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Old 11-15-2020, 08:06 AM
 
5 posts, read 2,571 times
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I currently live in Los Lunas and I can explain the crime and talk a little on Los Lunas. So crime in the city limits is limited. LLPD cover a small portion of Los Lunas. The county police cover the rest which is considered Los Lunas. A lot of the crime statistics come from Meadow Lake and the Valencia area. That's also the area where housing is well below 200K. The "good" area of Los Lunas is considered right off I-25. It's where all the new houses are being built, senior community, Walmart, Facebook, movie theater, chain restaurants, car dealerships, LL high school etc. A lot of people live in this area since it makes the drive to Albuquerque more convenient. Los Lunas is growing fast. The Isleta reservation is in between Los Lunas and Albuquerque so that is another buffer from the big city. I truly like Los Lunas. There are city sports for children and adults, the river for fishing, the Casino is a 15 minute drive, University of New Mexico-Valencia, golf course in Rio Communities if you don't want to go to Albuquerque, there are some hiking spots with the hill or you can hike the east mountains. The rail runner is accessible. And I have not heard anything about sinkholes. I feel safe in the town and in the neighborhoods close to I-25. I know what neighborhoods to stay away from as you travel east and of course on the Valencia side. No reason for me to be over there.
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Old 11-18-2020, 11:19 PM
 
Location: NM
108 posts, read 198,092 times
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I agree with Cap Yesterday’s assessment. The LL community is really two different areas culturally and economically. Suburban incorporated Los Lunas and rural “Valencia”. Crime is not so bad in the suburban area. Parts of the rural community have some major issues (not that the rural areas don’t have a lot of charm not found in the suburban part).

I find that medical care can be an issue here - no hospital, relatively few doctors. Albuquerque offers a lot more of course.
Also due to the rapid growth in housing, retail services are somewhat lacking. No doubt that will eventually correct itself as businesses realize the true population and opportunities in LL, but for now LL residents tend to have to wait in long drive-through lines and have few choices for some services.
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Old 11-27-2020, 10:42 PM
 
Location: Long Island, NY
53 posts, read 44,567 times
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Homes like this-~ 2500 ft for $330K in a truly low crime area could possibly work well for me-especially if they have a few BIG rather than many rooms and a useless big ass kitchen. And so much of NM is so beautiful, indeed seductively so. https://www.nmhometeam.com/los-lunas/300000-400000/?p=2 But an accredited (https://www.achc.org/index.html ) compounding pharmacy is a must. And if Los Lunas and surrounding areas in Valencia County grow too fast too many school, roads and other public services can spike property taxes to where nice homes can become unaffordable, as least for single seniors like me dying to flee my stifling co-op on over priced and horribly overpopulated Long Island.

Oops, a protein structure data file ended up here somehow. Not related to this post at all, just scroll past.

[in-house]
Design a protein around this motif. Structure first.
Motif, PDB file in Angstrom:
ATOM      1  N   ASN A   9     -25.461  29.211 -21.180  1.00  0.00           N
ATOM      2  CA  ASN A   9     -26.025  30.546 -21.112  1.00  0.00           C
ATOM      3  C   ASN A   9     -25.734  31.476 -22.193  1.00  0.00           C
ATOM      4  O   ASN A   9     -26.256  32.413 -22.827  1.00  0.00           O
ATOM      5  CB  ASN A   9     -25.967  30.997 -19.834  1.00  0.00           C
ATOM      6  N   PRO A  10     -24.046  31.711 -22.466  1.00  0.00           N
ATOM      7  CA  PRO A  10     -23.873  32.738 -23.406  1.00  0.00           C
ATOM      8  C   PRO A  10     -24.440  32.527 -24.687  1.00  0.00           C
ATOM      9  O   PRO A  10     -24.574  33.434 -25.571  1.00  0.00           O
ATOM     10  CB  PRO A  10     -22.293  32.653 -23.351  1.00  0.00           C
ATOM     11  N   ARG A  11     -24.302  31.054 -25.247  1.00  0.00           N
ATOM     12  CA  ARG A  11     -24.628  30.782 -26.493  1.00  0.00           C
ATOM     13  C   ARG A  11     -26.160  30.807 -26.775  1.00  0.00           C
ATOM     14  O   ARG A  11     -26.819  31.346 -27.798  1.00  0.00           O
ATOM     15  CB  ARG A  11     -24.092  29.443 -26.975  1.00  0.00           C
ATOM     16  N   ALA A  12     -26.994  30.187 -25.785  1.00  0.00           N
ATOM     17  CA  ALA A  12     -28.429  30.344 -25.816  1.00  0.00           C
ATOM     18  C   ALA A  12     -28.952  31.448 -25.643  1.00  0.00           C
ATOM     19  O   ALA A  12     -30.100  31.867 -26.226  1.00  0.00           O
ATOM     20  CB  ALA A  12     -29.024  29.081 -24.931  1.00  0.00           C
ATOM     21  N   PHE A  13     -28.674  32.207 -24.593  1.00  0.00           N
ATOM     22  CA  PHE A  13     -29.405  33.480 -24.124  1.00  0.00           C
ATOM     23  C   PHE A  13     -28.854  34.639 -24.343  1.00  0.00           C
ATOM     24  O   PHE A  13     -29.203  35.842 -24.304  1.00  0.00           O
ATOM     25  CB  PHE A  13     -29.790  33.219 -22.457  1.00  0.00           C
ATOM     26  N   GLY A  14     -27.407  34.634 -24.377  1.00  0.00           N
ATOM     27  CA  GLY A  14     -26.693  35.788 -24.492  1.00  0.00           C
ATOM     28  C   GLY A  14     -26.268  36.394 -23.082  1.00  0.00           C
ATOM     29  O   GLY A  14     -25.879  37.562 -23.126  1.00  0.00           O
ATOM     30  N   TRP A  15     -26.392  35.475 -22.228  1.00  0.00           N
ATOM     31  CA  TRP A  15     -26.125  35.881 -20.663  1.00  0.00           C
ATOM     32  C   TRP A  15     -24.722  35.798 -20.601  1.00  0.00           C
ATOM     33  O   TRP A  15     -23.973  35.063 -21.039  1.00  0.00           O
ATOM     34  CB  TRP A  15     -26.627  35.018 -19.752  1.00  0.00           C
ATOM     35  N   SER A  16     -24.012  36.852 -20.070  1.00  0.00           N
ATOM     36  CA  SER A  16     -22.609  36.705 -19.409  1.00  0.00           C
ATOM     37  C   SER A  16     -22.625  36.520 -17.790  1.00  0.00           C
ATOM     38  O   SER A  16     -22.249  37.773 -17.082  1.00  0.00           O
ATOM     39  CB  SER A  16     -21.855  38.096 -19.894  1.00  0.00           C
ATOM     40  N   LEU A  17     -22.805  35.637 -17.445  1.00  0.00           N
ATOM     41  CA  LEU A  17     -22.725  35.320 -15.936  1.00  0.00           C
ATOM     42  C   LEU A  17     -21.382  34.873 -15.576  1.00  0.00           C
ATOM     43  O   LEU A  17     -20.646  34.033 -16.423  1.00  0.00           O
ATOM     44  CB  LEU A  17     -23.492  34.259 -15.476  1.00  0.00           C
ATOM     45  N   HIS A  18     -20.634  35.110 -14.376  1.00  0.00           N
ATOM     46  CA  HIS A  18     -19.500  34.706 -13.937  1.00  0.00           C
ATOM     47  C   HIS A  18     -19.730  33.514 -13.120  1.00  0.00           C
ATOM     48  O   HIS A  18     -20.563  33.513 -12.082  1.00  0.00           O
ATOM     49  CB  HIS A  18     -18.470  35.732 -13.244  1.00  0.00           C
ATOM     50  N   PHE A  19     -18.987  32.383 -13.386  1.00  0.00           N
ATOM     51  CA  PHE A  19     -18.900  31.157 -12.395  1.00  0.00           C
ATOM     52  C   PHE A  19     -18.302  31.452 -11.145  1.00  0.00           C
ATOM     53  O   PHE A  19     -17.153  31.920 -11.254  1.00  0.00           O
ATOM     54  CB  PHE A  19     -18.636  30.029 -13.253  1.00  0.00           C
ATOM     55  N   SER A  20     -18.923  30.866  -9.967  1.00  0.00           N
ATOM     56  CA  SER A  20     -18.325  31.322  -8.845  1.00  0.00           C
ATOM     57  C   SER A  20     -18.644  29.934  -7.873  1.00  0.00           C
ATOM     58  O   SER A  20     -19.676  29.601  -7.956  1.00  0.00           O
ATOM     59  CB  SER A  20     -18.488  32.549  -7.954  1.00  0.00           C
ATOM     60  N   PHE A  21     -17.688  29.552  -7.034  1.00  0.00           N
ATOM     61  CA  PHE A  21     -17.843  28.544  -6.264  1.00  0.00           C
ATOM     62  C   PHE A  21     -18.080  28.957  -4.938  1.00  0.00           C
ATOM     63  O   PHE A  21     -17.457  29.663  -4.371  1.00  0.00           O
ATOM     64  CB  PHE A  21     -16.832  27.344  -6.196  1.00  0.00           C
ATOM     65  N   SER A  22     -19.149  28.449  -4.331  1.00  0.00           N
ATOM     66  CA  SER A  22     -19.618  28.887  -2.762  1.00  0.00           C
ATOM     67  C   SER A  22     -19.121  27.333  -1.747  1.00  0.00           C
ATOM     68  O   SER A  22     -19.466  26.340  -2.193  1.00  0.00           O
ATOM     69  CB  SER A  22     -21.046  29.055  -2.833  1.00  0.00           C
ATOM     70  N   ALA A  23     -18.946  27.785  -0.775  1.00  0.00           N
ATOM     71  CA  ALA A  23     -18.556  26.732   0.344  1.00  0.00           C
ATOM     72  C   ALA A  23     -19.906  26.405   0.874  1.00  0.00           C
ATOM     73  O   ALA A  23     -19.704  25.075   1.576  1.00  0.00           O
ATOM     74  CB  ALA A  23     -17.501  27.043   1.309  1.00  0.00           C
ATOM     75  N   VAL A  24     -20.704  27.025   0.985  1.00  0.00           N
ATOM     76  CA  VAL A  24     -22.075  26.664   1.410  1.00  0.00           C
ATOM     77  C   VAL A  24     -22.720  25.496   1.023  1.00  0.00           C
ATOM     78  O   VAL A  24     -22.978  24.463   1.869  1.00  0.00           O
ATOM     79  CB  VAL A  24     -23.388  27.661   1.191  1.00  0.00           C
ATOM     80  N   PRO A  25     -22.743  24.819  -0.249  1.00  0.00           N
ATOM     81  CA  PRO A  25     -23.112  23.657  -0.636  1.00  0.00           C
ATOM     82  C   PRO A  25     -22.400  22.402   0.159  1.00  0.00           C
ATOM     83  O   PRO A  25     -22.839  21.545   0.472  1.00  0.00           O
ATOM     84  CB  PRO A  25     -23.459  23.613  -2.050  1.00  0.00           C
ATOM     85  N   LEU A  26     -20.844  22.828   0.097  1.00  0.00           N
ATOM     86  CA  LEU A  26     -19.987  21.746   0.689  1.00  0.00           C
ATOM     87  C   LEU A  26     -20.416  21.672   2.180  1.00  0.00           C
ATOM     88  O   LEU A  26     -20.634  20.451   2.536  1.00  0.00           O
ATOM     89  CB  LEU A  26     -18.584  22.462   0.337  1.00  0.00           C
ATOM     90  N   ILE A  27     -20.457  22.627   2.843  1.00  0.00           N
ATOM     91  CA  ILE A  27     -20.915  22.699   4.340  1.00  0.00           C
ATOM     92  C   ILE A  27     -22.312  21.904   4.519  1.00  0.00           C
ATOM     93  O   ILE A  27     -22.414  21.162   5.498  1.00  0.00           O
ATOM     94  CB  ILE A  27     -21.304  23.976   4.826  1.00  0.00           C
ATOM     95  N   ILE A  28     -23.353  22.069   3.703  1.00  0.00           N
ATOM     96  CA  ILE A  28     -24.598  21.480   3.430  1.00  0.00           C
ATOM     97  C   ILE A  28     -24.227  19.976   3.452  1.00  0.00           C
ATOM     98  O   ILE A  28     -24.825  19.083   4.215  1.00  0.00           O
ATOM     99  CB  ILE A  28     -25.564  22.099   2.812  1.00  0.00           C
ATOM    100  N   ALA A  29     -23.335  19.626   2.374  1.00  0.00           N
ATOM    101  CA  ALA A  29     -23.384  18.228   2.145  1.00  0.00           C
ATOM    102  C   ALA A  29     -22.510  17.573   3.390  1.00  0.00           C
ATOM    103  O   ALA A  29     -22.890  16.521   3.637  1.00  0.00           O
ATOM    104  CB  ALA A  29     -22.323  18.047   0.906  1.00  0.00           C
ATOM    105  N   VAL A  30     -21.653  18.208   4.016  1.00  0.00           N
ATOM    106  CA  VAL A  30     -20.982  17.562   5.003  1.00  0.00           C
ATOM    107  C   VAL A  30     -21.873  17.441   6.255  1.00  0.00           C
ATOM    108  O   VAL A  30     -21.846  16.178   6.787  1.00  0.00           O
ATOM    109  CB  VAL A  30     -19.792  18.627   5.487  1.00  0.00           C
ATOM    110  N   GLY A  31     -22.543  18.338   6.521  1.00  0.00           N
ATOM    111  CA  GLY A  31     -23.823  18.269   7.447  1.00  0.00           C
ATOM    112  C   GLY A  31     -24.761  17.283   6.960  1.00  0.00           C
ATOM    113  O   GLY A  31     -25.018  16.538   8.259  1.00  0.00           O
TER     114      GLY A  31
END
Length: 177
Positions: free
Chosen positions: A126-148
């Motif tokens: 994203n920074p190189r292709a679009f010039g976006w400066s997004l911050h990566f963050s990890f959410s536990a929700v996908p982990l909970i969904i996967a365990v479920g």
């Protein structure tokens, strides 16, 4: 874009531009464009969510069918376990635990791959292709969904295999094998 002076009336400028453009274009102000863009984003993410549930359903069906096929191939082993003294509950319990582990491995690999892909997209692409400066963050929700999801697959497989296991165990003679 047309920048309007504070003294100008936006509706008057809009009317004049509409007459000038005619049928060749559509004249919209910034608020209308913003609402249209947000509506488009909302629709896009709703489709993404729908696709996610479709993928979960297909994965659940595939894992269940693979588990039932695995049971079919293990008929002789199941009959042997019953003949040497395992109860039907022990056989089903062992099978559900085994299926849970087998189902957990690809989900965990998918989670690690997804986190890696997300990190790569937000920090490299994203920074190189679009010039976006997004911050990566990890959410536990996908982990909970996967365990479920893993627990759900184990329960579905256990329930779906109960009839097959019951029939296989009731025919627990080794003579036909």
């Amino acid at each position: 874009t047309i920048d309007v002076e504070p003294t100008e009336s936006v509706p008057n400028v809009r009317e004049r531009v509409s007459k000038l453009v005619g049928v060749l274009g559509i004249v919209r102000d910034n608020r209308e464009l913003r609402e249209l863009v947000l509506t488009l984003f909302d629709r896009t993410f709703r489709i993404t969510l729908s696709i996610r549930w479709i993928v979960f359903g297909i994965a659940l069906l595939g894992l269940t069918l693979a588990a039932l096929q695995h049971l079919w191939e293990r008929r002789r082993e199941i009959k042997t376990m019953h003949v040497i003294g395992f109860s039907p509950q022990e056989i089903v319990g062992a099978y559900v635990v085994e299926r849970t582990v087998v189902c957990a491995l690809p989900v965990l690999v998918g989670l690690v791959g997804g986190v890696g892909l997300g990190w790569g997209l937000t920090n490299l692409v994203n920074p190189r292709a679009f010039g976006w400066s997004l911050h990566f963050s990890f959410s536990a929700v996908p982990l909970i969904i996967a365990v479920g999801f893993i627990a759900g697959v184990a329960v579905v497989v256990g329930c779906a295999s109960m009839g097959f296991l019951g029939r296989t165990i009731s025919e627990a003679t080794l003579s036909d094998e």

Perhaps even worse, so much of this Land of Enchantment is plagued by dangerous sinkholes, wildfires and water scarcity-or floods if some stupid or uncaring developer built in or anywhere near a flood zone. Much of these growing areas are populated by young 30-somethings, who could better rebuild their lives after one or more disasters. But after many months of research it's so heartbreaking to realize and accept that unless you want to live dangerously NM is not a good place to retire.

Last edited by Longislandmire; 11-27-2020 at 11:14 PM..
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Old 11-29-2020, 12:53 AM
 
Location: NM
108 posts, read 198,092 times
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Living in NM is not dangerous, unless you choose to live in a high crime area and associate with gangs and/or deal drugs.
We do have a few sink holes here and there, but pretty rare. Floods are really rare. Drought is an issue for sure. Excessive growth in cities is non-existent except For maybe a few spots in metro Albuquerque.

New Mexico is a state with a lot of poverty and all the issues that come with poverty, but for someone looking to relocate to the state with moderate financial means it’s not dangerous. And it has Low cost of living, Interesting culture, many beautiful spots and tremendous weather.
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Old 11-29-2020, 02:51 PM
 
Location: Long Island, NY
53 posts, read 44,567 times
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Quote:
Originally Posted by davbetcoo View Post
Living in NM is not dangerous, unless you choose to live in a high crime area and associate with gangs and/or deal drugs.
We do have a few sink holes here and there, but pretty rare. Floods are really rare. Drought is an issue for sure. Excessive growth in cities is non-existent except For maybe a few spots in metro Albuquerque.

New Mexico is a state with a lot of poverty and all the issues that come with poverty, but for someone looking to relocate to the state with moderate financial means it’s not dangerous. And it has Low cost of living, Interesting culture, many beautiful spots and tremendous weather.
Very scary reality for homeowners. https://twitter.com/femaregion8/stat...82660421763073 And with human induced climate change making everything hotter fires could be larger and happen more frequently.

Have many homes and other structures been lost to fires in LL in the last several years?

Do most homeowners have problems drilling for their own water in LL, or do they have to rely on the public water supply? How much to drill for a steady water supply; ~ $6000, including purification?

Are they many power blackouts?
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Old 11-29-2020, 11:24 PM
 
Location: NM
108 posts, read 198,092 times
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Los Lunas is a desert community. 30 or so miles from the mountains where the forest fire danger is. The town straddles the Rio Grande River. Certainly there are mountain communities in NM, and some of those no doubt have Forest fire dangers on the edge of town, but not LL.